In Lesson 6: Tree Adaptations, students identified at least 5 different tree species based on their ability to adapt to the two main climate factors of their project areas: precipitation and temperature. As a control, students also identified tree species outside of the recommended USDA Hardiness Zone to compare results. This tree data was modeled using iTree Design to determine which tree species are more likely to survive. Students noted the adaptations of the trees that are best suited for the precipitation and temperature of their area.
In Lesson 4: Carbon Cycle, students explored the ways that carbon is both produced and sequestered, and described how they would reduce carbon in the atmosphere (using text and visuals). As a follow up to calculating their personal carbon footprint in Lesson 3, students will calculate the carbon footprint of their zip code. Next, they will use the iTree Canopy online application to assess the area of tree canopy in their defined area and how much carbon is already being captured by the existing trees.
Students walk around their schoolyard to conduct a Tree Inventory that assesses land usage and the existing trees. They note the different ways that the land is being used (i.e, residential, commercial, parks) and draw these on the map in their Lab Journal. They also draw all of the existing trees on their school’s block. In addition, students collect data about each tree (i.e., evergreen or deciduous, condition of tree and the impact on the area it is growing).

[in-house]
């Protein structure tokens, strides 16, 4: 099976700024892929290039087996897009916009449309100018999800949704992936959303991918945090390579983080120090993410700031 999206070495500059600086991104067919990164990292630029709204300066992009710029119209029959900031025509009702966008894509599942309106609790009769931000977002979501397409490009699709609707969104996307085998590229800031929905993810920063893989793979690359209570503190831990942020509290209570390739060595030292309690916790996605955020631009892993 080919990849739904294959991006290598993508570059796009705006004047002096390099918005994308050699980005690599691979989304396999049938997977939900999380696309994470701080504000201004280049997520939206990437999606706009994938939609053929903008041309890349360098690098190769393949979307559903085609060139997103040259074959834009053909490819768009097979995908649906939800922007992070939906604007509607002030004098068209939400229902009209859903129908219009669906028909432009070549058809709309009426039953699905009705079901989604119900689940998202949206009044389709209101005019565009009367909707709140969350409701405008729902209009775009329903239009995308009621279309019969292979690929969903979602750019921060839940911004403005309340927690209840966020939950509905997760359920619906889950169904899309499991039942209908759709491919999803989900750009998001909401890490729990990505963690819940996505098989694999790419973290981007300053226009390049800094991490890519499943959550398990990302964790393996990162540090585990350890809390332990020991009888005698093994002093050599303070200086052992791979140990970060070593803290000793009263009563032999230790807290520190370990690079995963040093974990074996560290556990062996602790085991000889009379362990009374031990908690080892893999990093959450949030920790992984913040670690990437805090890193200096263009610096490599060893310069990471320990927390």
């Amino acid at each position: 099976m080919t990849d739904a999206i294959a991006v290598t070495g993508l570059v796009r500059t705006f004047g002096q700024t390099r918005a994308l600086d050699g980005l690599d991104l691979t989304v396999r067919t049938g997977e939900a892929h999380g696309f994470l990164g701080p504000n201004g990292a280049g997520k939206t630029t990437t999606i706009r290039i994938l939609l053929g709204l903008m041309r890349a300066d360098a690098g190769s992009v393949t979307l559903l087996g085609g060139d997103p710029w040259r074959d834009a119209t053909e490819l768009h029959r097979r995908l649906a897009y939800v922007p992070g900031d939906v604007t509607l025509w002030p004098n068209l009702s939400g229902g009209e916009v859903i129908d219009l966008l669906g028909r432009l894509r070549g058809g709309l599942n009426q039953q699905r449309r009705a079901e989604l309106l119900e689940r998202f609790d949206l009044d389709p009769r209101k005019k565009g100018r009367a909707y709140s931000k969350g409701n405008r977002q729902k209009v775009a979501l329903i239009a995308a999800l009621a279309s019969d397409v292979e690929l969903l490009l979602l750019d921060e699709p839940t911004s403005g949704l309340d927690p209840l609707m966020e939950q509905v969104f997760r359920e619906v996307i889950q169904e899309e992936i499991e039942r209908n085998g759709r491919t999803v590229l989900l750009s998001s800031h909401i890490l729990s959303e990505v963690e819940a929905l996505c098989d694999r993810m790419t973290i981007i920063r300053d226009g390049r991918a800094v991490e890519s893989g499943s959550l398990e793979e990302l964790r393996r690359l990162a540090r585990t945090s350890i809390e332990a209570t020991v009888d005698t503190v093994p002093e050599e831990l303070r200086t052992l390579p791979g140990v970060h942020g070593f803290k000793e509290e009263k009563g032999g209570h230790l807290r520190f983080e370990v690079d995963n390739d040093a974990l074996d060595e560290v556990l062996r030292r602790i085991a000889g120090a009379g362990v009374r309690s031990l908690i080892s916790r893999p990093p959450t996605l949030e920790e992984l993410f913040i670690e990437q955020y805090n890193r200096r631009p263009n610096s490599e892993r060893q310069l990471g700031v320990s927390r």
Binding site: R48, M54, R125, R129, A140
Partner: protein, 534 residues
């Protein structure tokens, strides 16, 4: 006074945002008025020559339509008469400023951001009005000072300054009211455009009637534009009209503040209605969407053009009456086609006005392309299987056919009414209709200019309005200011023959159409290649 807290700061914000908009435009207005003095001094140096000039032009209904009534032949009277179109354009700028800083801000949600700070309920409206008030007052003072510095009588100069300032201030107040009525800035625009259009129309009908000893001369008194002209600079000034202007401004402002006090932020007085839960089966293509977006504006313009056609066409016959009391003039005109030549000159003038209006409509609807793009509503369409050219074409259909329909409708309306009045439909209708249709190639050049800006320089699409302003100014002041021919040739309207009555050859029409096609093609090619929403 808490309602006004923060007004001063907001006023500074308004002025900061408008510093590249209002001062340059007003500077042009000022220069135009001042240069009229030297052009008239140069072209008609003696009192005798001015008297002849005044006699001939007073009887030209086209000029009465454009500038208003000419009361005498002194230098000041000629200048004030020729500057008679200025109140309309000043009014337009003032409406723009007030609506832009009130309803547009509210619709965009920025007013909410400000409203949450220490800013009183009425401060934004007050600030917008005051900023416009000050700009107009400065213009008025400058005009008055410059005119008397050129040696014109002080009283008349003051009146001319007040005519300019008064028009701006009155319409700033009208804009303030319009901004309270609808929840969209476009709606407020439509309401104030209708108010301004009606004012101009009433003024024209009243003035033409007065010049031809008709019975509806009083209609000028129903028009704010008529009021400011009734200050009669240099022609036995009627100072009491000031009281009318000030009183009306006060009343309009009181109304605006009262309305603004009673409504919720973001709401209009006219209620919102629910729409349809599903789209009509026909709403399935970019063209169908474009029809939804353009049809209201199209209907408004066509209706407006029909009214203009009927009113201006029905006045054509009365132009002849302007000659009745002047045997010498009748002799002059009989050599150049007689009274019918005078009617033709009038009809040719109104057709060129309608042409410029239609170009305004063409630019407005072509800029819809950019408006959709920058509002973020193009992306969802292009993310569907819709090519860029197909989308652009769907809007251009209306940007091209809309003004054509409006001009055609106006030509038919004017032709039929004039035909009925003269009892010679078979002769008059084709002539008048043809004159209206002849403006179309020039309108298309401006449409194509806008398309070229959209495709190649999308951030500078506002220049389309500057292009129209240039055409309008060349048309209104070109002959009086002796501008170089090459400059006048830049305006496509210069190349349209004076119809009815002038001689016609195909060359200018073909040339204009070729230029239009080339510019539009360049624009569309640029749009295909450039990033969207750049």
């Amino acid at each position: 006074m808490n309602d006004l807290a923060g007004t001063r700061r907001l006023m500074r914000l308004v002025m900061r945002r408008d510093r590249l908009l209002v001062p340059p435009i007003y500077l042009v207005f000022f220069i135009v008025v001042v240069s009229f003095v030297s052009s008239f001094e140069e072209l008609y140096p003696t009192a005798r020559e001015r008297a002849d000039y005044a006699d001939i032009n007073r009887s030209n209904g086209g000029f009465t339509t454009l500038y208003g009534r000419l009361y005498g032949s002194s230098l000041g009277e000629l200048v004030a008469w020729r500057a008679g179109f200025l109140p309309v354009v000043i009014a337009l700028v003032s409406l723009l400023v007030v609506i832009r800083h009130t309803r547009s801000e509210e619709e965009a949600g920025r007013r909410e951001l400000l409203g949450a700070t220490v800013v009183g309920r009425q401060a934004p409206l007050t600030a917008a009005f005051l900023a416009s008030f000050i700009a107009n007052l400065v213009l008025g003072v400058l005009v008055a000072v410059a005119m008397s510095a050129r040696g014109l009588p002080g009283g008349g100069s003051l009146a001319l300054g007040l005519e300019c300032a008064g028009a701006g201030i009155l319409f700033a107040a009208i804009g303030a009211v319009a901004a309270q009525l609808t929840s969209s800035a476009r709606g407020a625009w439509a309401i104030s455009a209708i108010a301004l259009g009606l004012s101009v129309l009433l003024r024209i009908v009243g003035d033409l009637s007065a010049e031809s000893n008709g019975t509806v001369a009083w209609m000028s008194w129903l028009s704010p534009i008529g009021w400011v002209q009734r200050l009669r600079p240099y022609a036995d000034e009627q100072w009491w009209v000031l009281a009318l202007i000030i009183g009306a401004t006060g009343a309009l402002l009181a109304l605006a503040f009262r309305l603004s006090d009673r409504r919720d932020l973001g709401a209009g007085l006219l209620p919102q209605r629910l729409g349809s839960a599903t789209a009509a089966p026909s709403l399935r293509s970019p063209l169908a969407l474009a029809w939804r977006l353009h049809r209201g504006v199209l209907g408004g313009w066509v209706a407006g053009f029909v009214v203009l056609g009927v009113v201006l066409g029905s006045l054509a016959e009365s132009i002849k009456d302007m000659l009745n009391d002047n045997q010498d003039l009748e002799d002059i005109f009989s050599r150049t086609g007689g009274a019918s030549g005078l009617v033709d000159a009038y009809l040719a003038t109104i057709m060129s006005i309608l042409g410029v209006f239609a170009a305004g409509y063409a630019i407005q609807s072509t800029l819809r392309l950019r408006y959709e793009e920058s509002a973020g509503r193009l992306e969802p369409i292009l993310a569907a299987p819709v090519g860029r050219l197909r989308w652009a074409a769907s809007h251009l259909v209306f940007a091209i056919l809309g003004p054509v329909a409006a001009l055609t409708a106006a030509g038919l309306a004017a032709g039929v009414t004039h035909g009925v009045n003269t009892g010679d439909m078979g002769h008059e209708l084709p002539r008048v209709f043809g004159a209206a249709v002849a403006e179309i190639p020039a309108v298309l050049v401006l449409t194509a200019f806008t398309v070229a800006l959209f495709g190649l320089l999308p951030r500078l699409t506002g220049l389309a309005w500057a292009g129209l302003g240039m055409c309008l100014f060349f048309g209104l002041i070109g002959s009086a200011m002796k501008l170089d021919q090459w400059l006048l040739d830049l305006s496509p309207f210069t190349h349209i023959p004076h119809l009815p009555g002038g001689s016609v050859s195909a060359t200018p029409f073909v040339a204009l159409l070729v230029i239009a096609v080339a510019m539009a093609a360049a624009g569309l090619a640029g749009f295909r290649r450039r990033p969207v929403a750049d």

Students plan, create and participate in an outreach event to share some of the benefits of their school garden — educational, experiential, and material — with others in your community. Students gather data to evaluate the impact of their event, and use this data to develop ideas for increasing community engagement and multiplying the effect of their school garden. Students plan and execute a campaign to address a need, issue, or problem they have discovered in their community.
Students will learn about how trees are an essential part of our lives with a focus on the role they play in urban areas, including energy considerations. They then consider threats posed to trees, including non-native insects, domestic animal waste, and erosion. Students then evaluate the potential impact of local tree conservation efforts and design a plan for their community.
Students create Community Webs to show how they are connected to other people and groups in the community. They then discuss how to share the message about ALB and who is best to share it with.